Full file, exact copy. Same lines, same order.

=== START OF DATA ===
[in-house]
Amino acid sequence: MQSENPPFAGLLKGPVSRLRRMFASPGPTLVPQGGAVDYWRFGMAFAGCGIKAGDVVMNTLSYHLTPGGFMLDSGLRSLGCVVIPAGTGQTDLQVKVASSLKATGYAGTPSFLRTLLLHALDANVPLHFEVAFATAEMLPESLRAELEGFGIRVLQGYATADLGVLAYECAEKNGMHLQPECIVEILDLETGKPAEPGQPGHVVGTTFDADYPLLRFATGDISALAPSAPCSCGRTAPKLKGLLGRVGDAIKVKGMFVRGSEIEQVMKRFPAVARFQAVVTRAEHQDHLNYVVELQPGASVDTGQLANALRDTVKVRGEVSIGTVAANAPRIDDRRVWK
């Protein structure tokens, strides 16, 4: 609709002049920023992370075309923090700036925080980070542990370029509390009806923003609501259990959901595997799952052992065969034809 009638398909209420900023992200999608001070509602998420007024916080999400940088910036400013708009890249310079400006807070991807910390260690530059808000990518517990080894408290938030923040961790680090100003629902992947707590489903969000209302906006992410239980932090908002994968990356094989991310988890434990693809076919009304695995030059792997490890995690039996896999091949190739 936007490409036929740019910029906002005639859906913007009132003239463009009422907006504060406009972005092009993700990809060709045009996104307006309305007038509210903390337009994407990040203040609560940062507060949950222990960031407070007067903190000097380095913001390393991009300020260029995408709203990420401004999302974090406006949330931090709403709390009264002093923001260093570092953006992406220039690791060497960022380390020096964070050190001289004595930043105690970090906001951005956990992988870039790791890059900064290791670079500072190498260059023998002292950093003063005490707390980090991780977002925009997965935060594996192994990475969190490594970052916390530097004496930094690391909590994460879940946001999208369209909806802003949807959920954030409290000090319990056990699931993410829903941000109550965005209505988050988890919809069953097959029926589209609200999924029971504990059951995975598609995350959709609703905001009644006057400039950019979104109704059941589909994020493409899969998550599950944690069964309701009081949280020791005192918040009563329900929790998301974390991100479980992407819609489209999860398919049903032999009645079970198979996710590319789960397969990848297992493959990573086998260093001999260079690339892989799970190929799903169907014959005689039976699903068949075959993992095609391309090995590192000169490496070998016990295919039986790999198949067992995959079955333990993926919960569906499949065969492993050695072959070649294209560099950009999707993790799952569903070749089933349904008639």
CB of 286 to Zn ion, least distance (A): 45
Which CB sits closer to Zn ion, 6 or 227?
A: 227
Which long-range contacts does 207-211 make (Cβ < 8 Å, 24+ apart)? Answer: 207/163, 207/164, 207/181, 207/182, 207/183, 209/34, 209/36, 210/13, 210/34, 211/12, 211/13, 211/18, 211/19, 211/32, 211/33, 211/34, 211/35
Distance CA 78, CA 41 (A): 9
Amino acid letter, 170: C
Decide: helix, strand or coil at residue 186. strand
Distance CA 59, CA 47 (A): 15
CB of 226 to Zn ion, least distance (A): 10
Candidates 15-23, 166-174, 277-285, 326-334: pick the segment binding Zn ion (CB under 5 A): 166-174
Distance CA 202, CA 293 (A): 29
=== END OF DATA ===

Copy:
[in-house]
Amino acid sequence: MQSENPPFAGLLKGPVSRLRRMFASPGPTLVPQGGAVDYWRFGMAFAGCGIKAGDVVMNTLSYHLTPGGFMLDSGLRSLGCVVIPAGTGQTDLQVKVASSLKATGYAGTPSFLRTLLLHALDANVPLHFEVAFATAEMLPESLRAELEGFGIRVLQGYATADLGVLAYECAEKNGMHLQPECIVEILDLETGKPAEPGQPGHVVGTTFDADYPLLRFATGDISALAPSAPCSCGRTAPKLKGLLGRVGDAIKVKGMFVRGSEIEQVMKRFPAVARFQAVVTRAEHQDHLNYVVELQPGASVDTGQLANALRDTVKVRGEVSIGTVAANAPRIDDRRVWK
């Protein structure tokens, strides 16, 4: 609709002049920023992370075309923090700036925080980070542990370029509390009806923003609501259990959901595997799952052992065969034809 009638398909209420900023992200999608001070509602998420007024916080999400940088910036400013708009890249310079400006807070991807910390260690530059808000990518517990080894408290938030923040961790680090100003629902992947707590489903969000209302906006992410239980932090908002994968990356094989991310988890434990693809076919009304695995030059792997490890995690039996896999091949190739 936007490409036929740019910029906002005639859906913007009132003239463009009422907006504060406009972005092009993700990809060709045009996104307006309305007038509210903390337009994407990040203040609560940062507060949950222990960031407070007067903190000097380095913001390393991009300020260029995408709203990420401004999302974090406006949330931090709403709390009264002093923001260093570092953006992406220039690791060497960022380390020096964070050190001289004595930043105690970090906001951005956990992988870039790791890059900064290791670079500072190498260059023998002292950093003063005490707390980090991780977002925009997965935060594996192994990475969190490594970052916390530097004496930094690391909590994460879940946001999208369209909806802003949807959920954030409290000090319990056990699931993410829903941000109550965005209505988050988890919809069953097959029926589209609200999924029971504990059951995975598609995350959709609703905001009644006057400039950019979104109704059941589909994020493409899969998550599950944690069964309701009081949280020791005192918040009563329900929790998301974390991100479980992407819609489209999860398919049903032999009645079970198979996710590319789960397969990848297992493959990573086998260093001999260079690339892989799970190929799903169907014959005689039976699903068949075959993992095609391309090995590192000169490496070998016990295919039986790999198949067992995959079955333990993926919960569906499949065969492993050695072959070649294209560099950009999707993790799952569903070749089933349904008639």
CB of 286 to Zn ion, least distance (A): 45
Which CB sits closer to Zn ion, 6 or 227?
A: 227
Which long-range contacts does 207-211 make (Cβ < 8 Å, 24+ apart)? Answer: 207/163, 207/164, 207/181, 207/182, 207/183, 209/34, 209/36, 210/13, 210/34, 211/12, 211/13, 211/18, 211/19, 211/32, 211/33, 211/34, 211/35
Distance CA 78, CA 41 (A): 9
Amino acid letter, 170: C
Decide: helix, strand or coil at residue 186. strand
Distance CA 59, CA 47 (A): 15
CB of 226 to Zn ion, least distance (A): 10
Candidates 15-23, 166-174, 277-285, 326-334: pick the segment binding Zn ion (CB under 5 A): 166-174
Distance CA 202, CA 293 (A): 29